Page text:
Determine Which Applications Are Digitally Signed on a Reference Computer
Updated: May 23, 2012
Applies To: Windows 7, Windows 8, Windows 8.1, Windows Server 2008 R2, Windows Server 2012, Windows Server 2012 R2
This topic for the IT professional describes how to use AppLocker logs and tools to determine which applications are digitally signed.
The Windows PowerShell cmdlet Get-AppLockerFileInformation can be used to determine which applications installed on your reference computers are digitally signed. Perform the following steps on each reference computer that you used to define the AppLocker policy. The computer does not need to be joined to the domain.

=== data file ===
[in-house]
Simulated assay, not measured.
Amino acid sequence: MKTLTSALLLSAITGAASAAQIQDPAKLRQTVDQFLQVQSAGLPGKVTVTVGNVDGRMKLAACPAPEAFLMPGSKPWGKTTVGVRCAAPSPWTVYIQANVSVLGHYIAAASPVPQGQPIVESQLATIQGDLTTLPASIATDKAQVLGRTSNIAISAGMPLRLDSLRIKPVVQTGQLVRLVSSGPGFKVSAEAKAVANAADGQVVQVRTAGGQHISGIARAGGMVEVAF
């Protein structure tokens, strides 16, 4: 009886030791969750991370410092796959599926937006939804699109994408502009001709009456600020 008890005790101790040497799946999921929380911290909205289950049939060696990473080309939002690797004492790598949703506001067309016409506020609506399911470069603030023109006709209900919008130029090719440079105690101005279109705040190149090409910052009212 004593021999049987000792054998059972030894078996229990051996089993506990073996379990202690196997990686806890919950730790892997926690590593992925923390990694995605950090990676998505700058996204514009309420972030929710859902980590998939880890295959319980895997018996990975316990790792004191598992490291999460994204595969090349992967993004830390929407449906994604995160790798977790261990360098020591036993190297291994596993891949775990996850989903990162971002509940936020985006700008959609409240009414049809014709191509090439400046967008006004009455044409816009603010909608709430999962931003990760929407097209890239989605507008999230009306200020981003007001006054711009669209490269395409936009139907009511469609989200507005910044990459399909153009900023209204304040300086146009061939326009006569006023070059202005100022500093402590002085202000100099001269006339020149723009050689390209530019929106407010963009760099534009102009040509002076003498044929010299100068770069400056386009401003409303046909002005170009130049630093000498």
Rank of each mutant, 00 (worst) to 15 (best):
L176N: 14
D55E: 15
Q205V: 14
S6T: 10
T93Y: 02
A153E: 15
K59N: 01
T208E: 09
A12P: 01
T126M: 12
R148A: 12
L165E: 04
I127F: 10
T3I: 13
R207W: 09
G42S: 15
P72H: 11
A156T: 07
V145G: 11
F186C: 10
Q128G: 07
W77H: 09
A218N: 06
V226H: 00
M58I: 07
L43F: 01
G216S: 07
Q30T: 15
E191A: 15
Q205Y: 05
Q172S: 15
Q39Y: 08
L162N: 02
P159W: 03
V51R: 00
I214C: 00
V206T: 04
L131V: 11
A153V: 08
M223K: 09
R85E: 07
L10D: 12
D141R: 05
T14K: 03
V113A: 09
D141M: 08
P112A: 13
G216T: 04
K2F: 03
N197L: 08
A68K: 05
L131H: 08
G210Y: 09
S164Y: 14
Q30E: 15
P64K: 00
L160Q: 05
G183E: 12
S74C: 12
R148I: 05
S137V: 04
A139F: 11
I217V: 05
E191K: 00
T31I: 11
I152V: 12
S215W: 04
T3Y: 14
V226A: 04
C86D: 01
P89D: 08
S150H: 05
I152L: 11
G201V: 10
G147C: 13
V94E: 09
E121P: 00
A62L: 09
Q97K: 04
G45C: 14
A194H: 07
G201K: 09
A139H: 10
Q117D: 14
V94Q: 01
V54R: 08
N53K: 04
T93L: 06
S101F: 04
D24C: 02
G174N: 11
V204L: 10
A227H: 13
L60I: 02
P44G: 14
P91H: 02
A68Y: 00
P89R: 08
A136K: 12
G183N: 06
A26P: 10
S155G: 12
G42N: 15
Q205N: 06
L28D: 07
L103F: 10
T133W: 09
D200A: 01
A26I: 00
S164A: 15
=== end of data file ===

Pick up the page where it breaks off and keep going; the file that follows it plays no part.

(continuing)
Membership in the local Administrators group, or equivalent, is the minimum required to complete this procedure.
From the command line on the reference computer, run Get-AppLockerFileInformation with the appropriate parameters.
The Get-AppLockerFileInformation cmdlet retrieves the AppLocker file information from a list of files or from an event log. File information that is retrieved can include publisher information, file hash information, and file path information. File information from an event log may not contain all of these fields. Files that are not signed do not have any publisher information.
Analyze the publisher's name and digital signature status from the output of the command.
For command parameters, syntax, and examples, see Get-AppLockerFileInformation.